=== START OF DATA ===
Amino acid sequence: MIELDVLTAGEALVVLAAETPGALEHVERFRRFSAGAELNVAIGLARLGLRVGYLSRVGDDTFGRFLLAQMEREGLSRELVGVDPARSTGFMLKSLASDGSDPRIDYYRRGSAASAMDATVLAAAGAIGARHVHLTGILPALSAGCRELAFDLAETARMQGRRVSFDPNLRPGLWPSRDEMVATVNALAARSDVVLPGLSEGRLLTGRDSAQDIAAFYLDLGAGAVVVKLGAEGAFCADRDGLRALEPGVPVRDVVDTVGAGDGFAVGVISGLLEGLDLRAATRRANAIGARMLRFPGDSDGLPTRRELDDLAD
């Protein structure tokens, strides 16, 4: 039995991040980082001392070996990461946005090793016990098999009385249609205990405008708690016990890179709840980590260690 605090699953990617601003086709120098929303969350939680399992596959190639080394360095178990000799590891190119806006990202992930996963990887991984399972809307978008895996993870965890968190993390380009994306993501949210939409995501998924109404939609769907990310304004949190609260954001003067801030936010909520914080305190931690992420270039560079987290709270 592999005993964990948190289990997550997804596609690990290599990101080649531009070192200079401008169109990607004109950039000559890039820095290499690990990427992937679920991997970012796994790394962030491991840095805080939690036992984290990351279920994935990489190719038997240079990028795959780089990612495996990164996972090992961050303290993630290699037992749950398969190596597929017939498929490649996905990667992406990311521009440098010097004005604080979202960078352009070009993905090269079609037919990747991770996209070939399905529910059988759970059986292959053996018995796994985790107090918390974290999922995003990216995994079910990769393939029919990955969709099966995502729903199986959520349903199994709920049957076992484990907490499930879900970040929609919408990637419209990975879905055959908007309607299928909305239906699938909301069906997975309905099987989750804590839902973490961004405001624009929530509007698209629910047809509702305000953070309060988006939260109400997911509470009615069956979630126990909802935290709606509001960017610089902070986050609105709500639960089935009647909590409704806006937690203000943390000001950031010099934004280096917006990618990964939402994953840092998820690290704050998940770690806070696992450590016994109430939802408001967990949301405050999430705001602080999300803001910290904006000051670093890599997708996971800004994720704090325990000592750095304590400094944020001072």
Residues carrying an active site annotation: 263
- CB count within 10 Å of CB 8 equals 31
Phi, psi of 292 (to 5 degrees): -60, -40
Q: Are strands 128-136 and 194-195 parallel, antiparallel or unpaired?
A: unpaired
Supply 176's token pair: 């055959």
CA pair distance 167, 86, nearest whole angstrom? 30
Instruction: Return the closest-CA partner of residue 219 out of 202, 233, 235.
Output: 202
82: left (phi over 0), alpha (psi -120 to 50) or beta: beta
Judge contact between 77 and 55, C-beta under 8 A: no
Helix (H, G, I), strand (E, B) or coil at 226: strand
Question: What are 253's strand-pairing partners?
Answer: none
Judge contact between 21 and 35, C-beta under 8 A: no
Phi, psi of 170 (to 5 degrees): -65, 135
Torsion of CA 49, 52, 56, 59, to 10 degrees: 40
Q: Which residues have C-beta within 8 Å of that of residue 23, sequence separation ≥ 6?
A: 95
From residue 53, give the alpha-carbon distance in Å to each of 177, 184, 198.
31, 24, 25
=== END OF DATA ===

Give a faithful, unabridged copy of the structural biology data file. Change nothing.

Amino acid sequence: MIELDVLTAGEALVVLAAETPGALEHVERFRRFSAGAELNVAIGLARLGLRVGYLSRVGDDTFGRFLLAQMEREGLSRELVGVDPARSTGFMLKSLASDGSDPRIDYYRRGSAASAMDATVLAAAGAIGARHVHLTGILPALSAGCRELAFDLAETARMQGRRVSFDPNLRPGLWPSRDEMVATVNALAARSDVVLPGLSEGRLLTGRDSAQDIAAFYLDLGAGAVVVKLGAEGAFCADRDGLRALEPGVPVRDVVDTVGAGDGFAVGVISGLLEGLDLRAATRRANAIGARMLRFPGDSDGLPTRRELDDLAD
């Protein structure tokens, strides 16, 4: 039995991040980082001392070996990461946005090793016990098999009385249609205990405008708690016990890179709840980590260690 605090699953990617601003086709120098929303969350939680399992596959190639080394360095178990000799590891190119806006990202992930996963990887991984399972809307978008895996993870965890968190993390380009994306993501949210939409995501998924109404939609769907990310304004949190609260954001003067801030936010909520914080305190931690992420270039560079987290709270 592999005993964990948190289990997550997804596609690990290599990101080649531009070192200079401008169109990607004109950039000559890039820095290499690990990427992937679920991997970012796994790394962030491991840095805080939690036992984290990351279920994935990489190719038997240079990028795959780089990612495996990164996972090992961050303290993630290699037992749950398969190596597929017939498929490649996905990667992406990311521009440098010097004005604080979202960078352009070009993905090269079609037919990747991770996209070939399905529910059988759970059986292959053996018995796994985790107090918390974290999922995003990216995994079910990769393939029919990955969709099966995502729903199986959520349903199994709920049957076992484990907490499930879900970040929609919408990637419209990975879905055959908007309607299928909305239906699938909301069906997975309905099987989750804590839902973490961004405001624009929530509007698209629910047809509702305000953070309060988006939260109400997911509470009615069956979630126990909802935290709606509001960017610089902070986050609105709500639960089935009647909590409704806006937690203000943390000001950031010099934004280096917006990618990964939402994953840092998820690290704050998940770690806070696992450590016994109430939802408001967990949301405050999430705001602080999300803001910290904006000051670093890599997708996971800004994720704090325990000592750095304590400094944020001072």
Residues carrying an active site annotation: 263
- CB count within 10 Å of CB 8 equals 31
Phi, psi of 292 (to 5 degrees): -60, -40
Q: Are strands 128-136 and 194-195 parallel, antiparallel or unpaired?
A: unpaired
Supply 176's token pair: 């055959």
CA pair distance 167, 86, nearest whole angstrom? 30
Instruction: Return the closest-CA partner of residue 219 out of 202, 233, 235.
Output: 202
82: left (phi over 0), alpha (psi -120 to 50) or beta: beta
Judge contact between 77 and 55, C-beta under 8 A: no
Helix (H, G, I), strand (E, B) or coil at 226: strand
Question: What are 253's strand-pairing partners?
Answer: none
Judge contact between 21 and 35, C-beta under 8 A: no
Phi, psi of 170 (to 5 degrees): -65, 135
Torsion of CA 49, 52, 56, 59, to 10 degrees: 40
Q: Which residues have C-beta within 8 Å of that of residue 23, sequence separation ≥ 6?
A: 95
From residue 53, give the alpha-carbon distance in Å to each of 177, 184, 198.
31, 24, 25